Isabella Gimon, Ph.D. student in the Integrated Biomedical Sciences and Biological Sciences program
As Isabella Gimon’s grandmother’s health and memory deteriorated from Alzheimer’s disease, her family members discovered they grew in patience and kindness as they learned about the disease and witnessed her continued decline.
As a computational biology graduate student, however, Gimon hopes she can be part of finding therapies for the disease, even if they are many years away.
Gimon studies protein aggregation, which occurs when proteins cluster in an abnormal way, often making them insoluble and potentially leading to a variety of diseases, including ALS and Alzheimer’s. But she and others in the lab of Santiago Schnell, the William K. Warren Foundation Dean of the College of Science and a professor in the Department of Biological Sciences, complete their research not in a wet lab, but in front of computers, using theory.
“I can explore a vast array of reaction mechanisms and manipulate parameters that would be far more difficult to do in an experiment in a lab, but this helps other scientists do these experiments,” she said. “They can see things more clearly, and decide what questions they need to ask.”
Gimon earned a fellowship for her graduate studies from The National GEM Consortium, a nonprofit organization founded at the University of Notre Dame in 1976 to support highly qualified students from underrepresented communities who are pursuing graduate studies in applied science and engineering. A 2021 graduate of Florida International University with a degree in biology and minors in computer science and chemistry, she completed summer undergraduate research at Yale University School of Medicine and held an apprenticeship in quantitative methods at Massachusetts Institute of Technology. While researching the possibility of attending Notre Dame for her doctoral degree, Schnell’s research caught her eye.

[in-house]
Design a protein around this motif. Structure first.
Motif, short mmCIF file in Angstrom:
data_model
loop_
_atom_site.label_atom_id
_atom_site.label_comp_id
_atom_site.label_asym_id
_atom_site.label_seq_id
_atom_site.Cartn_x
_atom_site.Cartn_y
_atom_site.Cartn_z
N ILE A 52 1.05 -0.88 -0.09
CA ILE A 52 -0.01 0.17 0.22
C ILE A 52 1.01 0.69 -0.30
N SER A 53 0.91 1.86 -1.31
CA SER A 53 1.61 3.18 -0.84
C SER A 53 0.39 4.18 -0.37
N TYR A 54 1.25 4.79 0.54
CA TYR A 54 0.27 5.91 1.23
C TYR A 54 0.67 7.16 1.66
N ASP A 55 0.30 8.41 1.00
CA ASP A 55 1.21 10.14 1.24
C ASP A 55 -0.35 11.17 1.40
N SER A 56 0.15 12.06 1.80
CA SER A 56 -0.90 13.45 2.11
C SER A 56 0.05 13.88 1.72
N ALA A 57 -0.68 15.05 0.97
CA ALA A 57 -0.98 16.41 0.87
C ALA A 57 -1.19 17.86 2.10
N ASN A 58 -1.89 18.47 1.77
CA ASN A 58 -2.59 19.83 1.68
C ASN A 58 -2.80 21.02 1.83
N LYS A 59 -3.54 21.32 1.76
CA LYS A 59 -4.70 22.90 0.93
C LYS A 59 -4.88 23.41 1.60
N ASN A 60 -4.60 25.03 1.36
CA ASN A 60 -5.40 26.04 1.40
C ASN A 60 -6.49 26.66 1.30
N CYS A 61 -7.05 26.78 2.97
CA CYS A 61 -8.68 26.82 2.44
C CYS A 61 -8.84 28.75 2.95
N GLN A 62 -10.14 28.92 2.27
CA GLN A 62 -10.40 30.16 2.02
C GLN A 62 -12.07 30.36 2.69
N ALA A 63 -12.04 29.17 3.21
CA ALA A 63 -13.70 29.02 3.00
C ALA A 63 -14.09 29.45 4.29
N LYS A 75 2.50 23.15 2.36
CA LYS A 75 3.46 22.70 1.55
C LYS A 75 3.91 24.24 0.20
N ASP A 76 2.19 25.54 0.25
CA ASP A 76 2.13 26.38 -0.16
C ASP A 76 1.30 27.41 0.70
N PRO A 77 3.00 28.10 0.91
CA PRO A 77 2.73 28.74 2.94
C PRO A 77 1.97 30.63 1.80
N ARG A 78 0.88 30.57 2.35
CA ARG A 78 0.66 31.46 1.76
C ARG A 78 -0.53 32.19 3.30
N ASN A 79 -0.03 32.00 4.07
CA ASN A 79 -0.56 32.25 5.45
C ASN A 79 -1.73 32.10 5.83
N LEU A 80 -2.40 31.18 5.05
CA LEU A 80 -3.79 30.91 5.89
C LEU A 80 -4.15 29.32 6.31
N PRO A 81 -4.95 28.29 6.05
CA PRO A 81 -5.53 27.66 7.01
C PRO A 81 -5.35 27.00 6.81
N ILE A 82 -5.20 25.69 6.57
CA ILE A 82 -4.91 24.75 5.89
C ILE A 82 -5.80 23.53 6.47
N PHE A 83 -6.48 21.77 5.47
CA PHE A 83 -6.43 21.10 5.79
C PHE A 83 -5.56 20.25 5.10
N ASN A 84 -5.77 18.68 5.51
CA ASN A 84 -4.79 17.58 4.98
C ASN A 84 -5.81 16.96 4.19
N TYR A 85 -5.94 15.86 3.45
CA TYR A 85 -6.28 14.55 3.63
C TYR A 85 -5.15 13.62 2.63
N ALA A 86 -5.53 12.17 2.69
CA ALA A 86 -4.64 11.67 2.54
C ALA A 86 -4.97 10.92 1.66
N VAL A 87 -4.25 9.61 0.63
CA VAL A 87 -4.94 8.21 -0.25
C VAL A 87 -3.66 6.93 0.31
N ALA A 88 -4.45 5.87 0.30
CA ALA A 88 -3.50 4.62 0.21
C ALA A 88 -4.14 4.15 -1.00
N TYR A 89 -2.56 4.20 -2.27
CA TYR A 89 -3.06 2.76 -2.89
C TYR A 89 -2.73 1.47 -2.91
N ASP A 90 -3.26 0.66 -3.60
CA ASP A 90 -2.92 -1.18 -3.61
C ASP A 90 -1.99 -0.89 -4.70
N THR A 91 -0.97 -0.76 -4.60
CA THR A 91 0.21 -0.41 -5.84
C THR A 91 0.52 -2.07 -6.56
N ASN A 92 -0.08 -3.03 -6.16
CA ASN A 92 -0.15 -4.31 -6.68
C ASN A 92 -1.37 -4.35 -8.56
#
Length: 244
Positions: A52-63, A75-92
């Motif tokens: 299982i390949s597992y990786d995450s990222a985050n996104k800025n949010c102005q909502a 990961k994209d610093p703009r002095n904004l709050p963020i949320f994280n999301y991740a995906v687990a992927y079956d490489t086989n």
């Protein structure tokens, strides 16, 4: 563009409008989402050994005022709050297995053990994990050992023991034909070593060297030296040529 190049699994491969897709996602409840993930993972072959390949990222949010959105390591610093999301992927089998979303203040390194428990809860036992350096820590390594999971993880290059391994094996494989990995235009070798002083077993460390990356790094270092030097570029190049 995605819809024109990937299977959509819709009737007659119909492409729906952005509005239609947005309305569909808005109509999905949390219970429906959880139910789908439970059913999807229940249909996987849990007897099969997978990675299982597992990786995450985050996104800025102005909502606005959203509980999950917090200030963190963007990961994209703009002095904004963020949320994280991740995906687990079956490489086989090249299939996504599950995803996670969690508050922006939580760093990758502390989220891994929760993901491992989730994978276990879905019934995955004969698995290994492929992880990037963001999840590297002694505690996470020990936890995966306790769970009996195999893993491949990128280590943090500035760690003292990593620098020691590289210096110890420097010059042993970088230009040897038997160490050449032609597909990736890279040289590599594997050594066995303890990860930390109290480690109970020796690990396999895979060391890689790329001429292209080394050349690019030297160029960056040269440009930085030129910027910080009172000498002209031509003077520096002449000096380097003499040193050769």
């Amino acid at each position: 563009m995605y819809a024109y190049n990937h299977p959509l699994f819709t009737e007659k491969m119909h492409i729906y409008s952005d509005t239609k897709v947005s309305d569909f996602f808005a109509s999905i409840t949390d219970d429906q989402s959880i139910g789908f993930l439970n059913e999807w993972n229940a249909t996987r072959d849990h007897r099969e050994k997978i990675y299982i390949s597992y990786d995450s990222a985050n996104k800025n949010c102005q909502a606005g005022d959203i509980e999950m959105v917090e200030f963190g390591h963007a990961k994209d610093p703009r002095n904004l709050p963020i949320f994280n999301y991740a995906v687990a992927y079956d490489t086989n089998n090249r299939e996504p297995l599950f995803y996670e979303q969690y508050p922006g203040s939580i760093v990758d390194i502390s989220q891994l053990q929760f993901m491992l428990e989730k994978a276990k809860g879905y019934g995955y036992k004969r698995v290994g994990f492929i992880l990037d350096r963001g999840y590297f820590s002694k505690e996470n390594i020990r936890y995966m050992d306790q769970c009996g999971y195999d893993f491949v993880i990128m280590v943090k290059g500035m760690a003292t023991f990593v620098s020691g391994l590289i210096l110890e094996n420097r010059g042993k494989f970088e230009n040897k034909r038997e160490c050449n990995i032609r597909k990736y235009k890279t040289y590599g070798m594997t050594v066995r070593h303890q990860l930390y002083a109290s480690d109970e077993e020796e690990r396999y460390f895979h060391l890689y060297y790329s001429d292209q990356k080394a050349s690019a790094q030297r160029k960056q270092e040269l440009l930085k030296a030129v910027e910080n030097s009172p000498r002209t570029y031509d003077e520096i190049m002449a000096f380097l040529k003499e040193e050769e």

“I saw that he did similar research that I was interested in, but because he’s the dean, I didn’t know if he was accepting students or what that would look like,” she said. “Thankfully, after I had a meeting with him, I found out he was very open to accepting one or two students, and that was awesome.”
The aggregation process can occur in different ways, one of which is through the primary structure of a protein, where mutations can lead to changes in amino acids sequence. These mutations alter the architecture of proteins so the protein will not function as it should, and when these proteins form aggregates, they can cause problems in many neurodegenerative diseases. Gimon primarily studies protein aggregation in those diseases, but other conditions are also affected by protein aggregation, including diabetes and cancer.
While laboratory experiments are imperative, starting with a theoretical approach often helps because it can be too difficult to explore all options in vivo, Gimon said.
In her second year as a graduate student at Notre Dame, Gimon is leaning toward going into industry after graduation, but she is open to all options. She said she feels there is an aspect of scientific research that involves cultivating virtue, and making sure that scientists understand why they are doing their research—which, in Gimon’s mind, means doing it for the greater good of humanity.
“I think sometimes there is a feeling that research is done solely for ‘my glory and fame,’ and, I mean, there’s so much more than that,” she said.
Schnell said he is impressed with Gimon’s drive and passion for computational biology, and they share the feeling that science should be practiced with an eye toward faith.
“Isabella is an excellent researcher, but also has not forgotten that scientific understanding is connected to the larger picture of the purpose of life. Science cannot explain everything in the universe.
“Science can help you to be a better Catholic,” he continued. “By studying nature and its laws, we have the opportunity to participate and show forth the beauty of God, who created them.”
In fact, that’s one reason Gimon decided to attend Notre Dame for graduate studies.
“I’ve always said there’s no way I could be a good scientist if I’m not a good person first,” she said. “I’m a Catholic. And I know that in Notre Dame, I could pursue good research conducted with some incredible scientists, but also grow to be a better citizen in a society through my faith.”
Originally published by science.nd.edu on September 30, 2022.at